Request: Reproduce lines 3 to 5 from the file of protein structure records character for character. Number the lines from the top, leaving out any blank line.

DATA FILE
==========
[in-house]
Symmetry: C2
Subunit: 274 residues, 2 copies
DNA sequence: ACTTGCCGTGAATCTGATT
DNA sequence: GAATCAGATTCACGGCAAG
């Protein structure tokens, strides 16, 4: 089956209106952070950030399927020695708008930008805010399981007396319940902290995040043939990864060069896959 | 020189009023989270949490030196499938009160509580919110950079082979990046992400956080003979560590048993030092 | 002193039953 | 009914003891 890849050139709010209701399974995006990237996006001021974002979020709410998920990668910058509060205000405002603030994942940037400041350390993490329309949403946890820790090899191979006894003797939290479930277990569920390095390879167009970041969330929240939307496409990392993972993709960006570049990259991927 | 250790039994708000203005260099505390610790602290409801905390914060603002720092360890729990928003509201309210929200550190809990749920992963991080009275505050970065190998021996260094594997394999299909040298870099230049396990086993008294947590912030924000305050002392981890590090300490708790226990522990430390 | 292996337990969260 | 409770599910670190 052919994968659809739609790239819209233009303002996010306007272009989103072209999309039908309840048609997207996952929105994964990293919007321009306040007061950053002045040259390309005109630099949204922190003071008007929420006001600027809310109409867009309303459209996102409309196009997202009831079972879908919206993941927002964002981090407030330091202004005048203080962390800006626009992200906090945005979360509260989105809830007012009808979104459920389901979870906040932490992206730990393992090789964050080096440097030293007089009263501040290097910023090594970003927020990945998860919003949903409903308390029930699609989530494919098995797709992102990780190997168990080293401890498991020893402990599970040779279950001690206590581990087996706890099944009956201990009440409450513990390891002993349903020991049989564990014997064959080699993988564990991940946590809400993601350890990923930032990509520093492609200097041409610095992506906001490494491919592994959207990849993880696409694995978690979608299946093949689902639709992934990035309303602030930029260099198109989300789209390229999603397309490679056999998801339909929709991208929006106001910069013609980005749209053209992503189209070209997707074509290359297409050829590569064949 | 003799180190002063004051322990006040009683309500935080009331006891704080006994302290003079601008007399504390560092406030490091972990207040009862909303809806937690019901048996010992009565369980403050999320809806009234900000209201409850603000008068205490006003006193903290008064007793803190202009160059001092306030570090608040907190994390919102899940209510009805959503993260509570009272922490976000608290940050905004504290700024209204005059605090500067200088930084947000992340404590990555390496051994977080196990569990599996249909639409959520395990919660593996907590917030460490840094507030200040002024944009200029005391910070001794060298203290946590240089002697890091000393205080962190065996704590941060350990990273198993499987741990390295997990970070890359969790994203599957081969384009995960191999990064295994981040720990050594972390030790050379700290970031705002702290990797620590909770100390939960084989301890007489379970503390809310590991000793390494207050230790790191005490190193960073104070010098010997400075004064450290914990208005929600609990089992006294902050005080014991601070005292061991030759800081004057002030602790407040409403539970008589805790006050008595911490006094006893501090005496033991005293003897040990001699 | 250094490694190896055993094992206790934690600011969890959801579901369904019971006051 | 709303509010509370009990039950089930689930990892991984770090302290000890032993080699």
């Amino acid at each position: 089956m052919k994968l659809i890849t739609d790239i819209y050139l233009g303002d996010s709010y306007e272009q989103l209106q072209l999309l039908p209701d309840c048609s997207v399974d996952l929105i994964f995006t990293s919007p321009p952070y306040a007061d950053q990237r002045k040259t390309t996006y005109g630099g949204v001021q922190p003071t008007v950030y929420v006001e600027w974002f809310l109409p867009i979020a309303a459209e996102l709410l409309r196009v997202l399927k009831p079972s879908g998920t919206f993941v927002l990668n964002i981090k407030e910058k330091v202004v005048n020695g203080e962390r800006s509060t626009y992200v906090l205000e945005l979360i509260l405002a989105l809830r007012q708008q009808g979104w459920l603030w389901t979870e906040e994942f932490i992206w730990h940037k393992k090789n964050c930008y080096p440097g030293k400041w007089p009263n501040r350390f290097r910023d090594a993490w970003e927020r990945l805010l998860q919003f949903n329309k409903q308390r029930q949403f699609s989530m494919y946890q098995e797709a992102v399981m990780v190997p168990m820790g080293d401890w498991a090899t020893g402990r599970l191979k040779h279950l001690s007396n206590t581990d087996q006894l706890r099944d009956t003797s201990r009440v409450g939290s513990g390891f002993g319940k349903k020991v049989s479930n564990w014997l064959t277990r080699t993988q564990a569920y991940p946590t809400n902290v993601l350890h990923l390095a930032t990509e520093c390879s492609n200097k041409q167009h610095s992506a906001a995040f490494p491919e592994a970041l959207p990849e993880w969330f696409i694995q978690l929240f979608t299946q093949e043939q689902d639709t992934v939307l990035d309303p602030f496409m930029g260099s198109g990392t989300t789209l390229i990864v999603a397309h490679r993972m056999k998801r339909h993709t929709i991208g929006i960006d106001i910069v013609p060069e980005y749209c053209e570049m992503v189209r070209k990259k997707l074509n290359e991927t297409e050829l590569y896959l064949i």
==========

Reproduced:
Subunit: 274 residues, 2 copies
DNA sequence: ACTTGCCGTGAATCTGATT
DNA sequence: GAATCAGATTCACGGCAAG